Darrell Blackwelder: Deep freeze can leave deep wounds
If you have lived in Rowan County for any length of time, you have now come to expect temperature extremes. Many people are concerned that their trees and shrubs will be damaged from the extreme dip in temperatures. There is really no way to predict if cold damage will occur on plant materials. Even acclimated plants may be damaged with this temperature extreme.
Cold damage may occur immediately but most of the injury does not manifest itself until early summer. Windy conditions during cold, sunny days often burn evergreen trees and shrub foliage. Leaf margins and tips of camellia, rhododendron and azaleas often are victims of leaf burn or scorch.
New plantings that are not properly acclimated may experience winter damage. Late summer fertilization exacerbates the problem by not allowing plants adequate time to harden off or acclimate for the winter. Tender, succulent growth is often damaged with unseasonable freezing weather, especially following a period of unseasonably warm weather we often experience.
Azalea and camellia stems and branches often rupture or crack after a sudden freeze. This damage is generally not evident until mid-May when sections of azalea shrubs turn brown and die. Ornamental cherry trees, flowering plum and other ornamentals in the Prunus family have dark, thin bark easily damaged by cold weather. The trees’ cambium or food conducting vessels are damaged as the bark adsorbs heat during a sunny day and splits and cracks as the temperature plummets in the evening. Generally these trees bloom as normal in the spring and then die almost immediately. This phenomenon also happens to other ornamental trees such as Japanese maples.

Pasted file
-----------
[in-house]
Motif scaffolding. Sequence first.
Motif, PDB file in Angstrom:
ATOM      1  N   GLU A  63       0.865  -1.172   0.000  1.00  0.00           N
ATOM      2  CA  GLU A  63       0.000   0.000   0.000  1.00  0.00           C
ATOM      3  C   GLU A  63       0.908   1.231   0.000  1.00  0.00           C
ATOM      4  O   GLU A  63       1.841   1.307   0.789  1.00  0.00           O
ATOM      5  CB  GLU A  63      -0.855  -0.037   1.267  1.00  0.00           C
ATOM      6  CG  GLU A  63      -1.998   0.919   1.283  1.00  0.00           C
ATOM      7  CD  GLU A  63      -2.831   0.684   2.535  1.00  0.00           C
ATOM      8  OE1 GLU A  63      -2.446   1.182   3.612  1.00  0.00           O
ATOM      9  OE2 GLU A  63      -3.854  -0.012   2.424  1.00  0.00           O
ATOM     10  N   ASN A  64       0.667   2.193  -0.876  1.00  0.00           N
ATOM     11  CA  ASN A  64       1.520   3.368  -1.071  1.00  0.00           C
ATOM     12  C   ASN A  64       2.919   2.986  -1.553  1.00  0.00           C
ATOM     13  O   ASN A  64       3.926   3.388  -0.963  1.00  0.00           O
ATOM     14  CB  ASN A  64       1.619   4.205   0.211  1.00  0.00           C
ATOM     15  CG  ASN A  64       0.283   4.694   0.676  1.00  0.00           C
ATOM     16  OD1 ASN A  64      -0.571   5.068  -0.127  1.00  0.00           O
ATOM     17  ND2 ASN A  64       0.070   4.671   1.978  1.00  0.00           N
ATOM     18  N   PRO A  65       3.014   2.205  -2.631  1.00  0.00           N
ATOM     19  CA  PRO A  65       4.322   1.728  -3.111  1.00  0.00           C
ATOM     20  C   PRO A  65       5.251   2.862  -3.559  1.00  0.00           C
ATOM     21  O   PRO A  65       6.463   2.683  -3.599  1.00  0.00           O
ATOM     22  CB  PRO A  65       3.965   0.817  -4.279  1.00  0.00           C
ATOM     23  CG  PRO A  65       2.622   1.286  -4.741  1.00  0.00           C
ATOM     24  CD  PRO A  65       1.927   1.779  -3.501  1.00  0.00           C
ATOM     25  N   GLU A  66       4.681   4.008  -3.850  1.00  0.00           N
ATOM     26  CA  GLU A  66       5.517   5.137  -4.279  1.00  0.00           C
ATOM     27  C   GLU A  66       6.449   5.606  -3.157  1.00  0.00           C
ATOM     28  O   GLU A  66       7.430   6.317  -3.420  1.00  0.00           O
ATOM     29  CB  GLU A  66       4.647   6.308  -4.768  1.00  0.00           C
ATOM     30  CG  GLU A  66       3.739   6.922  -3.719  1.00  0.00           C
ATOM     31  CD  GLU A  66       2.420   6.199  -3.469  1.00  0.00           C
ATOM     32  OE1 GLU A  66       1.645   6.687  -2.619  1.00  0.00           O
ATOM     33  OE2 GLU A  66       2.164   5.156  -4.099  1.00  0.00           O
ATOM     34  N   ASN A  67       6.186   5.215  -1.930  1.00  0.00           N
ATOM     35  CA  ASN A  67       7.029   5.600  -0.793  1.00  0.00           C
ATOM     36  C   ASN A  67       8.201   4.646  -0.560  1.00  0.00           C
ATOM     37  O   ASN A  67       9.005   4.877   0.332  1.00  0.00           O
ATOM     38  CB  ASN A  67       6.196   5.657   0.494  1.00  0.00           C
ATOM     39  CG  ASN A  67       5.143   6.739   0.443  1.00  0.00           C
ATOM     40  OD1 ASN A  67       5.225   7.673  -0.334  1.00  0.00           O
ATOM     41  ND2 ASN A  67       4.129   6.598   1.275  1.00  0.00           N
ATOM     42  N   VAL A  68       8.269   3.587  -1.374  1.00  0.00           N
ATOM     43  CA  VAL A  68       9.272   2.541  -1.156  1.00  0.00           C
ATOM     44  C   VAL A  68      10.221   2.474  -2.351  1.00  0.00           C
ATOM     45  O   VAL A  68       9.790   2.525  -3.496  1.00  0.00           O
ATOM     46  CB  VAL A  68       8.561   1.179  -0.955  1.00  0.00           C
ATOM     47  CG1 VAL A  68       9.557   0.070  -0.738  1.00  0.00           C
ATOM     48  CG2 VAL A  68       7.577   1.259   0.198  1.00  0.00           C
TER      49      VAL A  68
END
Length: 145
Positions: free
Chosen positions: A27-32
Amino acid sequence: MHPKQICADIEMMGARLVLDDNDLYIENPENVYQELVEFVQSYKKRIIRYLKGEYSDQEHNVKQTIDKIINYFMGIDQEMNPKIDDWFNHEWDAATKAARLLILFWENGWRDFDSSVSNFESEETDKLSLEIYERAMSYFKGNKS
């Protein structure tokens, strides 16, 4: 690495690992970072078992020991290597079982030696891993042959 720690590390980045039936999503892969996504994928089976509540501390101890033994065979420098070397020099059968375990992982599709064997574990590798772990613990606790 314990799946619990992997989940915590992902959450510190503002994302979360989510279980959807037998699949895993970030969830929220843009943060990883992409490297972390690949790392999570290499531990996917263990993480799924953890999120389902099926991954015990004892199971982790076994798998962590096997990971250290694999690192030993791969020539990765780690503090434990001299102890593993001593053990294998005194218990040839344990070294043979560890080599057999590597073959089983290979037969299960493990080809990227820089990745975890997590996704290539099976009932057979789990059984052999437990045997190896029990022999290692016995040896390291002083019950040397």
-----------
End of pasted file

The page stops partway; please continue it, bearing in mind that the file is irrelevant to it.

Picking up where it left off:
So, how can we do to protect our landscape plants?
- Select plants that are hardy to our region. Many of our plants are marginal (some gardenias) and burn easily with temperature extremes.
- Apply at least 6 inches of course mulch to insulate and conserve moisture during the winter months.
- Do not fertilize plants in late summer or early autumn with excessive nitrogen. However, plants need to be healthy. Keep the plants well fertilized and free from insects and disease.
- Avoid pruning in fall and early winter. Pruning stimulates growth which is often killed with late frosts and freezes. Many crepe myrtles have been killed outright by excessive fall pruning.
- Keep plants irrigated during late summer and the fall to prevent drought stress. Drought-like conditions predisposes plants to winter injury and cankers.
- Pack potted plants close together and mulch or mound soil around pots and balled and burlapped plants to insulate the roots.
Darrell Blackwelder is the county Extension director with horticulture responsibilities with the North Carolina Cooperative Extension Service in Rowan County. Learn more about Cooperative Extension events and activities by calling 704-216-8970 Facebook or online at www.rowanextension.com